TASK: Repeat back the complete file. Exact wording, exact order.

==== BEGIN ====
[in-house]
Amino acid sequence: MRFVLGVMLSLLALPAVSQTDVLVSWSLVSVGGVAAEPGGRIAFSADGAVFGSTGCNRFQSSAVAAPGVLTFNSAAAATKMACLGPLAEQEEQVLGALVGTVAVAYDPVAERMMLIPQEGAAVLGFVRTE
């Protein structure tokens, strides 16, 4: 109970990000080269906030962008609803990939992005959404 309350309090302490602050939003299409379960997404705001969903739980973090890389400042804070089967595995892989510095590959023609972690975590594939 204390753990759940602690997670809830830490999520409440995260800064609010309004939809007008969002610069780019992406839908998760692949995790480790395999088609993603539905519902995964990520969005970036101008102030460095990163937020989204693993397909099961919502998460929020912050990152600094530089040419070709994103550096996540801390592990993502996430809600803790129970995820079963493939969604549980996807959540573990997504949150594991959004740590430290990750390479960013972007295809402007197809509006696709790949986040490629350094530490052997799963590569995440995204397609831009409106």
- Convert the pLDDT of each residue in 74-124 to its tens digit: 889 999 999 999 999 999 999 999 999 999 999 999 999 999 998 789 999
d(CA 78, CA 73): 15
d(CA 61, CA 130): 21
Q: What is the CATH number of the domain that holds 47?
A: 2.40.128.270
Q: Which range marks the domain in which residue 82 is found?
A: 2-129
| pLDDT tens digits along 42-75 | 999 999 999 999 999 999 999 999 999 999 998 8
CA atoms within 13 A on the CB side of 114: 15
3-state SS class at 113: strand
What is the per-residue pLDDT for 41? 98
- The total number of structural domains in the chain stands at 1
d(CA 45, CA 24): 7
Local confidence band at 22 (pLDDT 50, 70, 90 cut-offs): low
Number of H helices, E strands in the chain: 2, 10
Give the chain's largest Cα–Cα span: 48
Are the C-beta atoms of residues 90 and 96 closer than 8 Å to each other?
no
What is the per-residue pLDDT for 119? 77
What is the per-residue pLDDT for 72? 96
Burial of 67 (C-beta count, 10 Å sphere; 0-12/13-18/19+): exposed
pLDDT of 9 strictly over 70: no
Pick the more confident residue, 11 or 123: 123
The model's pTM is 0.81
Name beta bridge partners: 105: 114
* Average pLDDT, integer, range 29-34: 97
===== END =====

[in-house]
Amino acid sequence: MRFVLGVMLSLLALPAVSQTDVLVSWSLVSVGGVAAEPGGRIAFSADGAVFGSTGCNRFQSSAVAAPGVLTFNSAAAATKMACLGPLAEQEEQVLGALVGTVAVAYDPVAERMMLIPQEGAAVLGFVRTE
């Protein structure tokens, strides 16, 4: 109970990000080269906030962008609803990939992005959404 309350309090302490602050939003299409379960997404705001969903739980973090890389400042804070089967595995892989510095590959023609972690975590594939 204390753990759940602690997670809830830490999520409440995260800064609010309004939809007008969002610069780019992406839908998760692949995790480790395999088609993603539905519902995964990520969005970036101008102030460095990163937020989204693993397909099961919502998460929020912050990152600094530089040419070709994103550096996540801390592990993502996430809600803790129970995820079963493939969604549980996807959540573990997504949150594991959004740590430290990750390479960013972007295809402007197809509006696709790949986040490629350094530490052997799963590569995440995204397609831009409106």
- Convert the pLDDT of each residue in 74-124 to its tens digit: 889 999 999 999 999 999 999 999 999 999 999 999 999 999 998 789 999
d(CA 78, CA 73): 15
d(CA 61, CA 130): 21
Q: What is the CATH number of the domain that holds 47?
A: 2.40.128.270
Q: Which range marks the domain in which residue 82 is found?
A: 2-129
| pLDDT tens digits along 42-75 | 999 999 999 999 999 999 999 999 999 999 998 8
CA atoms within 13 A on the CB side of 114: 15
3-state SS class at 113: strand
What is the per-residue pLDDT for 41? 98
- The total number of structural domains in the chain stands at 1
d(CA 45, CA 24): 7
Local confidence band at 22 (pLDDT 50, 70, 90 cut-offs): low
Number of H helices, E strands in the chain: 2, 10
Give the chain's largest Cα–Cα span: 48
Are the C-beta atoms of residues 90 and 96 closer than 8 Å to each other?
no
What is the per-residue pLDDT for 119? 77
What is the per-residue pLDDT for 72? 96
Burial of 67 (C-beta count, 10 Å sphere; 0-12/13-18/19+): exposed
pLDDT of 9 strictly over 70: no
Pick the more confident residue, 11 or 123: 123
The model's pTM is 0.81
Name beta bridge partners: 105: 114
* Average pLDDT, integer, range 29-34: 97